Accidental Balut

Phnom Penh, Cambodia

Since we were moving so fast on our South East Asia trip, my brother and I never really have the time to learn what the local dishes are called. But we do love street food.

Faced with an intelligible menu (or worse – no menu), what to do?

Eating on the streets of Phnom Penh
Dinner between Street 258 and 266, Phnom Penh

A popular street food scene in Phnom Penh is fried ‘stuff-on-a-skewer’. In the evening, students and workers alike order these by the basketful and eat them sitting on little stools by little tables on the sidewalk. The ‘stuff’ can be anything: meatballs, imitation crab, sausage, tofu, etc. They’re all bite-sized. You point to what you want, and they’ll fry it on the spot.

Perfect! No menu needed and let the finger do the talking!

I sent out my brother (or more like his finger) to choose. When our plate arrived, there was something a little off about the meatballs on it.

‘What’s that?’

‘I don’t know’ – my brother shrugged after taking a closer look. ‘I don’t think I ordered that’.

Balut in Cambodia

I got my head close and poked around with my chopstick trying to figure out the stuffing inside. Certain features became clear. Rather unfortunately. Features that resembled too much like… Oh geez! That was when I noticed there are some wet, black feathers stuck in my chopstick.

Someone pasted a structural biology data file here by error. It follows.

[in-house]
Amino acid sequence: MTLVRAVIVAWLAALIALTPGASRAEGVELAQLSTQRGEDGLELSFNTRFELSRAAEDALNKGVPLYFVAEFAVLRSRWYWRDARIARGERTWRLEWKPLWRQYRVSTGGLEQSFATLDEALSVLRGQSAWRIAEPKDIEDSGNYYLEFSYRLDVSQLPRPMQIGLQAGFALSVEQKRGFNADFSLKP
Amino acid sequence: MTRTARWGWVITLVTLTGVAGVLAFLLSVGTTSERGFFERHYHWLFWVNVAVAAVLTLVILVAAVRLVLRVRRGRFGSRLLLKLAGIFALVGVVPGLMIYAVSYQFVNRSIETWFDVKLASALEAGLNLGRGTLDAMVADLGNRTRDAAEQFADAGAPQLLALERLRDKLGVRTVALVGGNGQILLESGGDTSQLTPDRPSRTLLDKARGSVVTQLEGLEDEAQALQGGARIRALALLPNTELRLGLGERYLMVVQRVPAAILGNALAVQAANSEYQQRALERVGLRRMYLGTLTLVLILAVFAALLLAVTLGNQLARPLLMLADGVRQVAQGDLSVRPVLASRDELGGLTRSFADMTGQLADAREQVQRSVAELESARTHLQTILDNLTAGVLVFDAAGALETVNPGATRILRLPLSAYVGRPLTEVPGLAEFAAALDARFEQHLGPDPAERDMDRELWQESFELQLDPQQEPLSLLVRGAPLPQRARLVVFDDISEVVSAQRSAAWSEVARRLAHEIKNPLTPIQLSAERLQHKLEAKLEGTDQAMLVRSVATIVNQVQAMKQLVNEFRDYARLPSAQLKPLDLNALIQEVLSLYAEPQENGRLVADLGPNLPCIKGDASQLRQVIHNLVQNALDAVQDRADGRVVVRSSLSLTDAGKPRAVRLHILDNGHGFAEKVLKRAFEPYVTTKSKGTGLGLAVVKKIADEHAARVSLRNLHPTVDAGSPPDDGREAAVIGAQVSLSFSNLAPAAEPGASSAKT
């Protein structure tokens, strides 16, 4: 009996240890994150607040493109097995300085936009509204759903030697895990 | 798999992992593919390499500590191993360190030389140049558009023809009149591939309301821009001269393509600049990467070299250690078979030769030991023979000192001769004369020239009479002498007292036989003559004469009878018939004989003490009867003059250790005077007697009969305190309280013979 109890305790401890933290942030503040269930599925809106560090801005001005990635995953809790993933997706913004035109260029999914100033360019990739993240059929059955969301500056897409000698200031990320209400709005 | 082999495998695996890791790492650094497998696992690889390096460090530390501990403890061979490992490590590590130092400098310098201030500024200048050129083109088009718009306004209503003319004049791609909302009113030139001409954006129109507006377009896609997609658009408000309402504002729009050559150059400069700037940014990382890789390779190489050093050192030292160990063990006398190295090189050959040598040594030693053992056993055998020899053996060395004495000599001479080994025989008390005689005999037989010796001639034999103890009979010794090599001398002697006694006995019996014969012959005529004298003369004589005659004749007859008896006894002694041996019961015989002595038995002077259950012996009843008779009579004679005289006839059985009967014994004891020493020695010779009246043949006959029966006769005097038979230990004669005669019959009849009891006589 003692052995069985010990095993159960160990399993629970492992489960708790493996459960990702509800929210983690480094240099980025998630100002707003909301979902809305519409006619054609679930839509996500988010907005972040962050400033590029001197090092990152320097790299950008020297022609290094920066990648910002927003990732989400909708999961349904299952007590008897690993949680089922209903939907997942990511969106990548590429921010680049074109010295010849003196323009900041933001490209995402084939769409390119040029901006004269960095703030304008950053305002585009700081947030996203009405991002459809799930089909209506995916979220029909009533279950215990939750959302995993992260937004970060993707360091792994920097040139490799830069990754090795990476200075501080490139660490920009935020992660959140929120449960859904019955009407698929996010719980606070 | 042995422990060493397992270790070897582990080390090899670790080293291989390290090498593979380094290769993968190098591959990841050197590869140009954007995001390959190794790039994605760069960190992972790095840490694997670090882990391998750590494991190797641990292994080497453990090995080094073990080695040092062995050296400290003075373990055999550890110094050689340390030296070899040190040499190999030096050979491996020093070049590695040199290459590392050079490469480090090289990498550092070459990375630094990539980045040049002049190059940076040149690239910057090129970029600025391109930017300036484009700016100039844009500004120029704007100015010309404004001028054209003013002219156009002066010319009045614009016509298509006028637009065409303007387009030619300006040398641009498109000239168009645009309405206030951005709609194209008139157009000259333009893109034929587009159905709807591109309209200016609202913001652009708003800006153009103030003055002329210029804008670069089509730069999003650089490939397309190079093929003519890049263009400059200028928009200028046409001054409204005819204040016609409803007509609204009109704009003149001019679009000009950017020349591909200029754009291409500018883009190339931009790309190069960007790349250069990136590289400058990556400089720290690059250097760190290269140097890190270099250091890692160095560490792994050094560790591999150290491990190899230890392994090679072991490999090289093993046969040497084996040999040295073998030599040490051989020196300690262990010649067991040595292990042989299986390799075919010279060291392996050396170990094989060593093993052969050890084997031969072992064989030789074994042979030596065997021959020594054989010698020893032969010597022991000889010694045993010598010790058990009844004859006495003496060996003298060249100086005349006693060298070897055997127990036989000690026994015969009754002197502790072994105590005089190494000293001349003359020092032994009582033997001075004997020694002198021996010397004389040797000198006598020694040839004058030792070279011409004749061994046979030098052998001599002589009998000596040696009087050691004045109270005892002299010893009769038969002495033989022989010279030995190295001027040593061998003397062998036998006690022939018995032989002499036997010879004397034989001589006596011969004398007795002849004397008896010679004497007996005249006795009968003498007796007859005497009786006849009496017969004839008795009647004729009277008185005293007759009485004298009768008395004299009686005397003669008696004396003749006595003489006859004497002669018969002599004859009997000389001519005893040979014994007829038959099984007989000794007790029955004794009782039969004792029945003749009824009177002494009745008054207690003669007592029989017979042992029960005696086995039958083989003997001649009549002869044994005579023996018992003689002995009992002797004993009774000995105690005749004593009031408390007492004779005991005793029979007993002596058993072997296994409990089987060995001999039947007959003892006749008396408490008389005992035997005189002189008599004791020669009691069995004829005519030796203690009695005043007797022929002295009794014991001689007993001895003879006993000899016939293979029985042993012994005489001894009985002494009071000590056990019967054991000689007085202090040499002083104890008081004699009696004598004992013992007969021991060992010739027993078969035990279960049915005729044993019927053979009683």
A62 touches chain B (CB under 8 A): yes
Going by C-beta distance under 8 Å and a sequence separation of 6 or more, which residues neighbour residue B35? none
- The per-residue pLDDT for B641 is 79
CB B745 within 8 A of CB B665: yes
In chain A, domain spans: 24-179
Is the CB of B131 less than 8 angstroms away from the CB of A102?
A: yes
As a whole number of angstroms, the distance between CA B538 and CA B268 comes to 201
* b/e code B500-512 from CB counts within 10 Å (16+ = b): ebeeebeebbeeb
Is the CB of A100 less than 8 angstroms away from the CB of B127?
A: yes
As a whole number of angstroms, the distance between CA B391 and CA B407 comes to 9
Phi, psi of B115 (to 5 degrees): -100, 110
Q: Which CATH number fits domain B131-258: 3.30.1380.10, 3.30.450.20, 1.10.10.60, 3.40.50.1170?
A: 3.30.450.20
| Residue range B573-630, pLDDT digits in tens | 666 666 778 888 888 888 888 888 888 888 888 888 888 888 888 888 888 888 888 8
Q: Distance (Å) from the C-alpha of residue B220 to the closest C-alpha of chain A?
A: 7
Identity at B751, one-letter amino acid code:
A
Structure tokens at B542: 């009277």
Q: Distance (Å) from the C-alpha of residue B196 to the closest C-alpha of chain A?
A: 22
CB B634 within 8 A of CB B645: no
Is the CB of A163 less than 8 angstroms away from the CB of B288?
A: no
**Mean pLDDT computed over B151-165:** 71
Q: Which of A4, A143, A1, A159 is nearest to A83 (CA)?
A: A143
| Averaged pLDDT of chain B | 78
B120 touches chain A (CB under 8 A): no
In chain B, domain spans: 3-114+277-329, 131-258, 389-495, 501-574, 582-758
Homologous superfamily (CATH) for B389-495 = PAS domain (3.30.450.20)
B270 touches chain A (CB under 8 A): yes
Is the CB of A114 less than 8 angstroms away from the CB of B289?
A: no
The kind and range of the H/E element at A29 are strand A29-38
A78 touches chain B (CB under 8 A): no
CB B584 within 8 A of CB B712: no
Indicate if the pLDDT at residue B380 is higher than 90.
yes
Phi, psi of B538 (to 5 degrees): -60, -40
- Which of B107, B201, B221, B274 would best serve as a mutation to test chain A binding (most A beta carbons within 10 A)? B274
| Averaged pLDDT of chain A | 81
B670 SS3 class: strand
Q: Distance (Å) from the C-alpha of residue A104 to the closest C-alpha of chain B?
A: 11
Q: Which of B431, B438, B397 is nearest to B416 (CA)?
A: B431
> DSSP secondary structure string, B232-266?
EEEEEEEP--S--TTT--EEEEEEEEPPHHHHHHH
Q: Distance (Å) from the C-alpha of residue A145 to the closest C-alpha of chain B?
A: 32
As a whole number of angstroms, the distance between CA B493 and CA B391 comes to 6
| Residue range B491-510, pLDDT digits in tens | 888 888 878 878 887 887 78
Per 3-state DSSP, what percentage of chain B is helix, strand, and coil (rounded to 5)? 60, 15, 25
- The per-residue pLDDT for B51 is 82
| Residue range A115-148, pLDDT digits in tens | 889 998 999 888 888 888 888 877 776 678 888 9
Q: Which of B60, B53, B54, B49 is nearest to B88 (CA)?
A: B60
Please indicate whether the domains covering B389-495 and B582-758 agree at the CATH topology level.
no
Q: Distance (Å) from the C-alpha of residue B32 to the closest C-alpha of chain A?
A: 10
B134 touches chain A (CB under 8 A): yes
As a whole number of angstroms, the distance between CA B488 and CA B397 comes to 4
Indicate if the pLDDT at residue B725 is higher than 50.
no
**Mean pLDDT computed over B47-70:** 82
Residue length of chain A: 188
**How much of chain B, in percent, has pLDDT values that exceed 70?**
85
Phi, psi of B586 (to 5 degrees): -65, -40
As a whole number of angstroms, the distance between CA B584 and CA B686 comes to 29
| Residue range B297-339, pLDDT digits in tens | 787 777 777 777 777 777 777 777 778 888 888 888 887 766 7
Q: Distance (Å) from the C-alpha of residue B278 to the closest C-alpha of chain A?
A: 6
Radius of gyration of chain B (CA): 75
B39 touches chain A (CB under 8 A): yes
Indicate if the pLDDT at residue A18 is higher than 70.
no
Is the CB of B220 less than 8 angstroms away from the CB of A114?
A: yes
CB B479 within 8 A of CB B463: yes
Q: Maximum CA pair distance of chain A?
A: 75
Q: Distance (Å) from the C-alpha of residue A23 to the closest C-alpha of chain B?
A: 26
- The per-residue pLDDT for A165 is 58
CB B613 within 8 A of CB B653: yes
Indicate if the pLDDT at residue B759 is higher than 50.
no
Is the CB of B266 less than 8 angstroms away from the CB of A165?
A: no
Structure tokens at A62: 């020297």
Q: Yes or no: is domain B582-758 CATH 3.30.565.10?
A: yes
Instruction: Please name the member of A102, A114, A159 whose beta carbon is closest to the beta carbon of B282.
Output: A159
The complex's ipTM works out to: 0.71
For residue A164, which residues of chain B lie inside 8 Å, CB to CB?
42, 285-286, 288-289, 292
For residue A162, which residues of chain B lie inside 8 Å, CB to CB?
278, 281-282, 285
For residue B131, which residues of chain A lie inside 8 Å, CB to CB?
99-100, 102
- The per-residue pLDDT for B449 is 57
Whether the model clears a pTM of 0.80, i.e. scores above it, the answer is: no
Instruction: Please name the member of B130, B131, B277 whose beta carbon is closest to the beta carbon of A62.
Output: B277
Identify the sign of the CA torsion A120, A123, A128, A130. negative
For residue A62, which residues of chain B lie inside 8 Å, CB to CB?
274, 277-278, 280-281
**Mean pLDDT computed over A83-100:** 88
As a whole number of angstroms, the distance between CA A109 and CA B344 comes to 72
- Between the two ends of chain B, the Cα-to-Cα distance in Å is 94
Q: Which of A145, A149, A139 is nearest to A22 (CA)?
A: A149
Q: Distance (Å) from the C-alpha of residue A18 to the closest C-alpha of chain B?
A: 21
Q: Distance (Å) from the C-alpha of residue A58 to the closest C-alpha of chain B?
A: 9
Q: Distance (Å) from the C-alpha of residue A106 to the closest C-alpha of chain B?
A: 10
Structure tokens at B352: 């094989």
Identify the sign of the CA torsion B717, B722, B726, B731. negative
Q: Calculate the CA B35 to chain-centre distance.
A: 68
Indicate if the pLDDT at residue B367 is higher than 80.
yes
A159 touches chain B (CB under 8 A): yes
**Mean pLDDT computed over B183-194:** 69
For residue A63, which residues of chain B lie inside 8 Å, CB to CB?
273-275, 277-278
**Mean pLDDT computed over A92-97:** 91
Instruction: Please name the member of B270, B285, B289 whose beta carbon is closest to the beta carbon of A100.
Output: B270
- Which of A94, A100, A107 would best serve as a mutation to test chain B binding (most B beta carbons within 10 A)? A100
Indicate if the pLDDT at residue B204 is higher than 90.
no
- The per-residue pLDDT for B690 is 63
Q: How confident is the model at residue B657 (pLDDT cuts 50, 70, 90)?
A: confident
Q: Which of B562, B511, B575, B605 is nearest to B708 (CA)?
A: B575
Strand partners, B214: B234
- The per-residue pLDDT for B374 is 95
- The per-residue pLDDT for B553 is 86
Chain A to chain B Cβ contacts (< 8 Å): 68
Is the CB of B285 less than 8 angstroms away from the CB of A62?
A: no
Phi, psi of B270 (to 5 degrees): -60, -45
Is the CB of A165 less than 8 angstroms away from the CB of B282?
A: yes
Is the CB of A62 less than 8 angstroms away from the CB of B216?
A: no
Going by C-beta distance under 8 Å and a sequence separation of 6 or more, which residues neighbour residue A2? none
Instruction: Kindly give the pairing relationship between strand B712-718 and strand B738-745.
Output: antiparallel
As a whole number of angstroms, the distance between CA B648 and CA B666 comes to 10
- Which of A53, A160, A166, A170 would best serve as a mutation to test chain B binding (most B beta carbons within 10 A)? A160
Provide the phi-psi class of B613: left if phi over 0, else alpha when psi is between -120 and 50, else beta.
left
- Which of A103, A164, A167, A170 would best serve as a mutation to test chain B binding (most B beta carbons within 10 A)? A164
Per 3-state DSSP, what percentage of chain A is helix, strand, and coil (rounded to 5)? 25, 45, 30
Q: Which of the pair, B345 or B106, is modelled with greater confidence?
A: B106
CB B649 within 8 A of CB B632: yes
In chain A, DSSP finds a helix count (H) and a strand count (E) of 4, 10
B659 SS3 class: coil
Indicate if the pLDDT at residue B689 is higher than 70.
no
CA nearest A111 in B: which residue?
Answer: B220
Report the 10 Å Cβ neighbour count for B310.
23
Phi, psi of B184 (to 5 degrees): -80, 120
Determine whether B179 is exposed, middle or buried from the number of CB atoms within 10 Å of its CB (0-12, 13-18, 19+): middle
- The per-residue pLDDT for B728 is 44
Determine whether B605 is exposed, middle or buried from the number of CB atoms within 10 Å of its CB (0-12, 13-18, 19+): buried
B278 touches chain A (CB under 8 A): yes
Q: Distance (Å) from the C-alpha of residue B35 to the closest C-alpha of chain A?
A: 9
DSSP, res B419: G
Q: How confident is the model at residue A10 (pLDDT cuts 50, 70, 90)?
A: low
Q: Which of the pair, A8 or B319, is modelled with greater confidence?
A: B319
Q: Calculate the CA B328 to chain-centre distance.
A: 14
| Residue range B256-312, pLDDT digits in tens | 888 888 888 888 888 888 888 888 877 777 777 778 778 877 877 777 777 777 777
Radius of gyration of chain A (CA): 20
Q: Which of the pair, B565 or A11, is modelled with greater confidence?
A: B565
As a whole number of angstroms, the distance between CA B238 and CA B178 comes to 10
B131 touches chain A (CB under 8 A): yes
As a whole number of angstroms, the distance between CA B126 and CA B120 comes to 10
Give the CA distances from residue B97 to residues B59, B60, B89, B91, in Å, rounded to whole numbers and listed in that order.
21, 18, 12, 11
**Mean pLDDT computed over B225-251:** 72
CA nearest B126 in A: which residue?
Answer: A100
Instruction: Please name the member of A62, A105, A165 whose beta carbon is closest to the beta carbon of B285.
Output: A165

Now in an alternate universe, I’d squeal with delight, stuff the thing in my mouth, and say things like

‘Oh boy’ – crunch, crunch – ‘I’ve always wanted to eat a balut, a fertilized chicken egg with a fully-formed chicken embryo inside. What a local delicacy! What a treat!’

In this universe, that would never happen.

I’d jump off planes and bridges – but when it comes to adventurous eating, I’m a big chicken (no pun intended). I especially have a thing about eating whole animals… well, whole. No oysters or soft-shell crabs for me. Definitely no chick embryos that already have feathers on them.

So, in this universe, the only squealing I did was to ask my brother to get the balut pieces off the plate. And oh – can I get another pair of chopsticks, please?

There are certain things that still don’t sound good enough to eat – even deep fried.

So, if you’re in Phnom Penh – join the locals on their evening stuff-on-a-stick venture (the stretch in front of Pencil Supermarket between Street 258 and 266 seems to be popular) – just keep an eye out for these baluts. Of course, what you do after you spot them is up to you.

So I wonder – is ‘balut’ vegetarian?

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19 Replies to “Accidental Balut”

  1. No, no, no and NO! We've seen Balut in China and I think I'd sooner eat stinky tofu. I probably would have started crying if I'd poked one unknowingly like you did!

  2. I think I will try Balut when I go on my SE-Asia trip. I can understand that it put you off if you were totally unprepared for it! Balot is a dish that requires a bit of mental 'pep' beforehand 😉

  3. Nope! Never gonna eat that, ever. I saw a lot of people eating it, but I just can't. I like to think I'm an adventurous eater but I'm really not.